15, 16, 17, 18, 19, 20, 21, 22, 23, 24,
-1,-1,-1,-1,-1,-1,-1,-1,-1,-1,
126,-1,-1,-1,-1,-1,-1, 10, 11, 12, //  126 = uppercase "p"
13, 14, 15, 16, 17, 18, 19, 20, 21, 22,
23, 24, 126,-1,-1,-1,-1,-1,-1,-1, //  126 = lowercase "p"
-1,-1,-1,-1,-1,-1,-1,-1
];

str = this;

// TODO: checks & balances

if (arguments.length == 0) {
base = 10;
}

// max. base is 24 because of the character "p" used
// for the exponent mark
if(base < 2 || base > 23){
throw new RangeError("Base outside of range in String.toBigfloatFast");
}
// base is restricted to ten for this example
base = 10;

bigbase = base.toBigfloat();
// Not needed because of we use of a table to map
// the values directly
// str = str.toLowerCase();
for (k = 0; k < len; k++) {
// strip unicode
// TODO: check if it is a Unicode character
c = str.charCodeAt(k) & 0xff;
c = table[c];
if (c < 0) {
throw new RangeError("Unknown character in String.toBigfloat");
}
switch (c) {
case 123: // plus sign ("+")
case 124: // minus sign ("-")
if (typeof expo === "undefined") {
if (asign != 0) {
throw new RangeError(
"Second decimal sign found in String.toBigfloat"
);
} else {
asign = (c == 124) ? -1 : 1;
}
} else {
if (exposign != 0) {
throw new RangeError(
"Second exponent sign found in String.toBigfloat"
);
} else {
exposign = (c == 124) ? -1 : 1;
}
}
break;
case 0:
case 1:
case 2:
case 3:
case 4:
case 5:
case 6:
case 7:
case 8:
case 9:
if (typeof expo === "undefined") {
// TODO: cache it?
digit = new Bigfloat(c);
if (decimal != -1) {
fdigs++;
}
} else {
// only exponents in base ten allowed
expo = expo * 10 + c;
}
break;
case 125: // decimal mark ('.')
if (decimal != -1) {
throw new RangeError(
"Second decimal mark found in String.toBigfloat"
);
}
decimal = k;
break;
case 14: // exponent mark ('e')
if (typeof expo !== "undefined") {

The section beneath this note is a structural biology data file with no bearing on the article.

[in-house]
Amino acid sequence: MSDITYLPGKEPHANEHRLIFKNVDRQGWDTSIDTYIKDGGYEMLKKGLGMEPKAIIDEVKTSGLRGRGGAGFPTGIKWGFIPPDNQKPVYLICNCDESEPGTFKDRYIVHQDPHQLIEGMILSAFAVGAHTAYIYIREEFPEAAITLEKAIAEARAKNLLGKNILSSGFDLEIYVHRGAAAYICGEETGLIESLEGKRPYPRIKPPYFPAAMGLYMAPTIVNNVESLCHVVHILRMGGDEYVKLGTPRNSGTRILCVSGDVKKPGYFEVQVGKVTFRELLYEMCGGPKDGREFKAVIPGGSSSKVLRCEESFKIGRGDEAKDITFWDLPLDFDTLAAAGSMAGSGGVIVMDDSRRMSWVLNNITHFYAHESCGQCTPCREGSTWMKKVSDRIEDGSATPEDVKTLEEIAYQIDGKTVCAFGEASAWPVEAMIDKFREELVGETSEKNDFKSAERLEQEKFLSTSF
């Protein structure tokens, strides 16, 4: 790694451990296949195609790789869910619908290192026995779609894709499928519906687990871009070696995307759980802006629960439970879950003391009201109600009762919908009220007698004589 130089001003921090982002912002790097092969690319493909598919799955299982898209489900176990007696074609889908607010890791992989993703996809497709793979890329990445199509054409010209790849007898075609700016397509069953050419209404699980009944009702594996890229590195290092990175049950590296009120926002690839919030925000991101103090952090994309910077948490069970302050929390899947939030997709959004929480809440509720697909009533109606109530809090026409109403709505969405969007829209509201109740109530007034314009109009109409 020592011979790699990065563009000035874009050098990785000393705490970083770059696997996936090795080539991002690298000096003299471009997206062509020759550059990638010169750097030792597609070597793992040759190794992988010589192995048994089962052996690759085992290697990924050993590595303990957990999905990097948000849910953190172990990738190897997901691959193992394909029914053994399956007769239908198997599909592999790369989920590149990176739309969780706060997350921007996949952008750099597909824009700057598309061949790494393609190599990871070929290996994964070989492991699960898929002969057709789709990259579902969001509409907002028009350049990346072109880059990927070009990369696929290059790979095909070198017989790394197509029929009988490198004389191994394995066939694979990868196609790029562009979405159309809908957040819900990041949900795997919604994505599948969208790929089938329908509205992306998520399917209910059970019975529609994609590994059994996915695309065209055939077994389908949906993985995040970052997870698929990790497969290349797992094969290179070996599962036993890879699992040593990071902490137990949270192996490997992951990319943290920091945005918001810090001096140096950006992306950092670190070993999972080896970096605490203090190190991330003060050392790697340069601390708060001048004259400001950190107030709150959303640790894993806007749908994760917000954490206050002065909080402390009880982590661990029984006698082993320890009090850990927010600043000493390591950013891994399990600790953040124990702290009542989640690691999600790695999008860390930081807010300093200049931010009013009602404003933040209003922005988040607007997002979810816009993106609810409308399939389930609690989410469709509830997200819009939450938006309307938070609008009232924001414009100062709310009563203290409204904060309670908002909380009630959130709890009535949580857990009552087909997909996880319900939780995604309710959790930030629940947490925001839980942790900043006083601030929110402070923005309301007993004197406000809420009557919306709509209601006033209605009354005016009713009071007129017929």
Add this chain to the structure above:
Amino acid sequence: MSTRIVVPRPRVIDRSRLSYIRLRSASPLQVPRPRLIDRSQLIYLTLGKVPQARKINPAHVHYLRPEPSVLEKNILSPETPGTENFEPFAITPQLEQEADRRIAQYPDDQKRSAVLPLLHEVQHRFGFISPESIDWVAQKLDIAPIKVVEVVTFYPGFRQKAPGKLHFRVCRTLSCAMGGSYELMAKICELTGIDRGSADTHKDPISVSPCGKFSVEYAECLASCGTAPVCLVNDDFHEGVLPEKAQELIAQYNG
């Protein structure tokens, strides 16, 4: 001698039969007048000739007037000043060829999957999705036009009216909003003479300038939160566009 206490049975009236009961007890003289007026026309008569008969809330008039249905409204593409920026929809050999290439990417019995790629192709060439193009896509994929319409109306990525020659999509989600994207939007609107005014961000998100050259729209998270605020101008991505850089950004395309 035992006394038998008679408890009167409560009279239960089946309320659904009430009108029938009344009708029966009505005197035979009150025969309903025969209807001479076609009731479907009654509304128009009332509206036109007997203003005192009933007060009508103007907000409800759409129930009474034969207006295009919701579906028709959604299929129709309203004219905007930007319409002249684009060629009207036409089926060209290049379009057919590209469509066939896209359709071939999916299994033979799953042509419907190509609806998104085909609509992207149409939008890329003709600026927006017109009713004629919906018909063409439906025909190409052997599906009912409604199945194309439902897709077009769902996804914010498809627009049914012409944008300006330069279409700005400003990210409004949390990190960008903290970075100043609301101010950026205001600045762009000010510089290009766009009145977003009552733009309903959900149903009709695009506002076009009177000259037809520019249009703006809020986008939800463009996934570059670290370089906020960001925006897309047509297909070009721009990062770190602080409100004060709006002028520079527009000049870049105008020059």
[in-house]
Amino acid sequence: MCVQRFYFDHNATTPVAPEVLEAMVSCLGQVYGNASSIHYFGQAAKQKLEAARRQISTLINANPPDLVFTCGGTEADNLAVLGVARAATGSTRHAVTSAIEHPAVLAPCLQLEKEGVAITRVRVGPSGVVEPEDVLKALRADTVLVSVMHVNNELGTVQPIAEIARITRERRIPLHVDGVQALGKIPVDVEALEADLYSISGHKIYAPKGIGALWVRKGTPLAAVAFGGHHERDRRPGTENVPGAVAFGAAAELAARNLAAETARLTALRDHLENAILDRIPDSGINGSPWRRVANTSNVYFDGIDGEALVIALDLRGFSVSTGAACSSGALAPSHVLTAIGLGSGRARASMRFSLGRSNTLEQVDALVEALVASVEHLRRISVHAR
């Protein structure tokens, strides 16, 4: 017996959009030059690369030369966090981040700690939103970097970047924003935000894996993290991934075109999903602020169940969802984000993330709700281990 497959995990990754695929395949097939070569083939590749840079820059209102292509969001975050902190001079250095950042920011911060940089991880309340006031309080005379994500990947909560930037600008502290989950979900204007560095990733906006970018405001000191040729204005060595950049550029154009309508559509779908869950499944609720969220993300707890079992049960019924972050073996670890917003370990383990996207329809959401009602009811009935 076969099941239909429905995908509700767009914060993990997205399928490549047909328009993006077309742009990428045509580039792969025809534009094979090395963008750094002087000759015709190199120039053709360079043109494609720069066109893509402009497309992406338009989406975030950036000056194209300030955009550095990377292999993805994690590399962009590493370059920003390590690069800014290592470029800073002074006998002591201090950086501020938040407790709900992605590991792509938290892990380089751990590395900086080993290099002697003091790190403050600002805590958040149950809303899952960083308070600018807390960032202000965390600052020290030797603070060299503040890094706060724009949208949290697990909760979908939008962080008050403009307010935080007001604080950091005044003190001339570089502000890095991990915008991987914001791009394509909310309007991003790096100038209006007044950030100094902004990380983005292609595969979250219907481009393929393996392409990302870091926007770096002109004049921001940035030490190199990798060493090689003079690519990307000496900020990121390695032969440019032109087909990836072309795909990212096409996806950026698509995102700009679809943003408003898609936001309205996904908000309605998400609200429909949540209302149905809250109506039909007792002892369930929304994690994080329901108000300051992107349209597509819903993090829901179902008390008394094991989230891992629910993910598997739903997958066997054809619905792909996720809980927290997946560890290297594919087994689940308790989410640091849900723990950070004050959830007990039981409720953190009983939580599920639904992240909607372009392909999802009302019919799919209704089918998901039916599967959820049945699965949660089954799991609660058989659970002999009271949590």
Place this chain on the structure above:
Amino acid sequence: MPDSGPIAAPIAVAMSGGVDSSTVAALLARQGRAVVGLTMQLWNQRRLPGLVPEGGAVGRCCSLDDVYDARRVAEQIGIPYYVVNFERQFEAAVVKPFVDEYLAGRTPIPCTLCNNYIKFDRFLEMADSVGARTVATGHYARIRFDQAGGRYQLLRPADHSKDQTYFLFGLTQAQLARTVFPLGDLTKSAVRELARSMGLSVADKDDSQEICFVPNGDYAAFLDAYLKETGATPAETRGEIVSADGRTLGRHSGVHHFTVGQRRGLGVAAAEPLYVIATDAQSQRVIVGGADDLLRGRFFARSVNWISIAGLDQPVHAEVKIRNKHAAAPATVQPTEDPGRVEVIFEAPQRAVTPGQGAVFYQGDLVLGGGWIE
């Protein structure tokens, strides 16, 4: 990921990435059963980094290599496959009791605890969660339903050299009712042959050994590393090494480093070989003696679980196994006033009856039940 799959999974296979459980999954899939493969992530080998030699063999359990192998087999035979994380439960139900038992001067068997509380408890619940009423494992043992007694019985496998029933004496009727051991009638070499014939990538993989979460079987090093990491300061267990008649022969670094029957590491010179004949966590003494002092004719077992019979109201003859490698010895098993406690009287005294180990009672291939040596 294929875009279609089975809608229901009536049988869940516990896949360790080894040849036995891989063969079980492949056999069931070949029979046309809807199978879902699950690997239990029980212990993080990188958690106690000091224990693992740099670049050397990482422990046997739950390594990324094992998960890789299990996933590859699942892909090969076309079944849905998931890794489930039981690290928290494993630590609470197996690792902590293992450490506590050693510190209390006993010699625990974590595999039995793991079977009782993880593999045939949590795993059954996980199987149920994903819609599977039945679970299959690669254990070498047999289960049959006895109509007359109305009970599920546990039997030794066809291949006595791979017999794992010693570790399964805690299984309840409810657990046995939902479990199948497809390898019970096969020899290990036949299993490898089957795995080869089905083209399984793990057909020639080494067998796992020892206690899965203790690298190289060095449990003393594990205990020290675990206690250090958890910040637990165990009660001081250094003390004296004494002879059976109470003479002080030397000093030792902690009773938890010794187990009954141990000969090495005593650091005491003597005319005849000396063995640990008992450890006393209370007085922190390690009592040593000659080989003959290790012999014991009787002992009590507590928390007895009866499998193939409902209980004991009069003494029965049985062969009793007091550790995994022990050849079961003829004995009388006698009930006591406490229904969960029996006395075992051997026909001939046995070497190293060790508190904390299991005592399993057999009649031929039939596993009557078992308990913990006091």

throw new RangeError(
"Second exponent mark found in String.toBigfloat"
);
}
expo = 0;

break;
default:
throw new RangeError(
"Unknown character in String.toBigfloat " + str.charAt(k));
}
}
ret = a;
// Ignore the exponent if the mantissa is zero.
// This avoids results like 0e-123 which some people
// might prefer, so YMMV
if (ret.isZero()) {
return ret;
}
// We have some fractional digits and need
// to adjust the magnitude by shifting right
// the number of fractional digits
// TODO: for base 2 (two) use shift instead
if (fdigs != 0) {
b = bigbase.pow(fdigs);
ret = ret.div(b);
}
// Set the sign
if (asign == -1) {
ret = ret.neg();
}
// We have an exponent, add it
if (typeof expo !== "undefined") {
if (exposign == -1) {
expo = -expo;
}
// shift by the amount set by the exponent
// the pow() function knows what to do with negative
// exponents but yours might not in which case you
// have to check for the sign of the exponent and
// act accordingly
b = bigbase.pow(expo);
ret = ret.mul(b);
}
// As said above: restore the precision first, than normalize
epsilon(oldeps);
ret.normalize();
return ret;
};


This function is, despite its name, slower than the old algorithm for small input but the exact definition of small is one of the YMMV cases. I have set the cutoffs to 100 decimal digits string length and an exponent larger than plus-minus 100.